1. Test the required technology and view an Online Course Example:
  • Hardware Checklist
  • Software Checklist
  • Online Course Example
  1. Review the support resources available to you:
  • Technology Support
  • Library Support (informed by the library support staff on the committee)
  • Disability Accommodations and Accessibility (informed by the disability center specialist on the committee)

Online Course Example: The Online Course Example is an abbreviated version of an online summer course built in Desire2Learn, a learning management system. It demonstrates what prospective or currently enrolled online students might experience when taking an online course. This is a simplified resource intended to familiarize students with the core components and navigation of a typical online course within an LMS. Instructions on how to access the Online Course Example are embedded in the informational webpage. Students gain access to both the course example and the informational webpage via links placed within the schedule of classes for select online summer courses during course enrollment. The Online Course Example has three components:

  1. Welcome message posted by an instructor in the “news” section.
  1. Content area populated with orientation materials and sample course material featuring actual content from two separate courses (Statistics and Communication Arts).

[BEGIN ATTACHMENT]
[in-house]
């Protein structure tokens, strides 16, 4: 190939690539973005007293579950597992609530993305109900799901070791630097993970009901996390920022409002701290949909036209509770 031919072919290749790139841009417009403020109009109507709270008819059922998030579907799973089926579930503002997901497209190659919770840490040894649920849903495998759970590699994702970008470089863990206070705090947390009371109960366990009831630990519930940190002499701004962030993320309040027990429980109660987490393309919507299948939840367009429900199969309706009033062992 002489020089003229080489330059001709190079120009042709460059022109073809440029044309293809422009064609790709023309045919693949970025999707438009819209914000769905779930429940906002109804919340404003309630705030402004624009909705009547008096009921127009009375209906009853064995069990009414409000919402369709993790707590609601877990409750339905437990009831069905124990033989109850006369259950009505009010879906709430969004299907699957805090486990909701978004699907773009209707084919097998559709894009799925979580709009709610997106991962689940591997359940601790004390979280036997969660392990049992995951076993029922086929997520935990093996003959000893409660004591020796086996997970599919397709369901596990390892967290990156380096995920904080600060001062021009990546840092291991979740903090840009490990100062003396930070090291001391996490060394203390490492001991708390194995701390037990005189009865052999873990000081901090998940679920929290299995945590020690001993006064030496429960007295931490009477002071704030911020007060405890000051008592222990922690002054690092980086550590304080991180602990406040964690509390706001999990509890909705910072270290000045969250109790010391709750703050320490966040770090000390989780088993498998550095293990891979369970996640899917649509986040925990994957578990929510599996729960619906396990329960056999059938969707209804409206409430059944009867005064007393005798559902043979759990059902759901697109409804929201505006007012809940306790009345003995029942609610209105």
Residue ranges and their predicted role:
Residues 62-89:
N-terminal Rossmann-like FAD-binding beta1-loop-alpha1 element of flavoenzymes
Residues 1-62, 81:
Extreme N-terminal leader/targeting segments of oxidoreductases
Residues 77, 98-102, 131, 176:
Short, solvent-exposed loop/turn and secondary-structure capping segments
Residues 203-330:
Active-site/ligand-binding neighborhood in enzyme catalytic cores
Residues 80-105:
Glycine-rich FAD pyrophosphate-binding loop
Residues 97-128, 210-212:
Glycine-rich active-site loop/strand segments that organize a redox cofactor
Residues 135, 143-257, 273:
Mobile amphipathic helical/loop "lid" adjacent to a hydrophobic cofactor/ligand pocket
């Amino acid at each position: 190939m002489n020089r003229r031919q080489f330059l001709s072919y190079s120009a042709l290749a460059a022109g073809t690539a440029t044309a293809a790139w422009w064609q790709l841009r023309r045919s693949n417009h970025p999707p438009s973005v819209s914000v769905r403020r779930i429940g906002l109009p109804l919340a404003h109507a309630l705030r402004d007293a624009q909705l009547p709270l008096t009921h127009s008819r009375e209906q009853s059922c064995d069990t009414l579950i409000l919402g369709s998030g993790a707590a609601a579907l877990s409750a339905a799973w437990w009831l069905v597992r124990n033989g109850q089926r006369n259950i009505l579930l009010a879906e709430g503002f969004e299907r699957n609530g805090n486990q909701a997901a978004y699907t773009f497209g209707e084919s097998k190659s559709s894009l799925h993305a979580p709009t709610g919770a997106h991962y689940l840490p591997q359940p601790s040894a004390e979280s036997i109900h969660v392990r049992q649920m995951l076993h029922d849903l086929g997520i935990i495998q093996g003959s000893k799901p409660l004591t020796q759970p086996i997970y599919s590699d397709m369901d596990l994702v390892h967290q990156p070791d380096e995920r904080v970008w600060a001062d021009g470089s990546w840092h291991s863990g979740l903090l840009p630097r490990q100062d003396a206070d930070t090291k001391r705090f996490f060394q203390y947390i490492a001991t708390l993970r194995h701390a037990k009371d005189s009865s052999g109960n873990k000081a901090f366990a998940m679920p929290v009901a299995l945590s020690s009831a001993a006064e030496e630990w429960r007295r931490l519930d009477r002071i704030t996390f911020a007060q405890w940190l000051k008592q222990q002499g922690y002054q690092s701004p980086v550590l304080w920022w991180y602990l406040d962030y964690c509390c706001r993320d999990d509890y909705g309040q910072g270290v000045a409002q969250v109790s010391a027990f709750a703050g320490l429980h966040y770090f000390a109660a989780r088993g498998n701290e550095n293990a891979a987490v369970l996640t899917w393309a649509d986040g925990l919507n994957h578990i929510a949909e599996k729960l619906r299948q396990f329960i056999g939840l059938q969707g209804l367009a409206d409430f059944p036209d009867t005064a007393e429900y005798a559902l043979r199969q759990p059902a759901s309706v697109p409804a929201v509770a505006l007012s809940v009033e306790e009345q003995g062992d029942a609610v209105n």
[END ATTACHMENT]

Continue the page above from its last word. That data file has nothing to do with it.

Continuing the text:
2. Discussion area populated with general discussion topics.

Start Here Module: The Start Here Module is a set of HTML pages that uses minimal styling, so that instructors can easily reuse or redesign these pages for any given course. Instructors or instructional designers can input the set of pages into the LMS as a “week zero” for an online course. Each page includes italicized instructional text to direct the user on how to tailor the customizable contents. This set of orientation pages contains five sections:

  1. Course Overview
  1. Activities to Get You Started
  1. Technology in This Course
  1. Learner Support
  1. Additional Considerations (optional)

The idea behind the Start Here Module was that it had the potential to significantly standardize the initial student experience in online courses and would apply to a large number of courses across disciplines and programs.

Sharing our vision

We engaged a variety of stakeholders to deploy the four components of our orientation: instructors, instructional designers, curricular representatives, student services, and students.

Given this was a pilot, we chose to reach out to a small network of instructors whose courses were ones that Summer Term was currently supporting with development funds or had supported in the past. We shared our vision with 15 instructors and worked with their departments to reach students.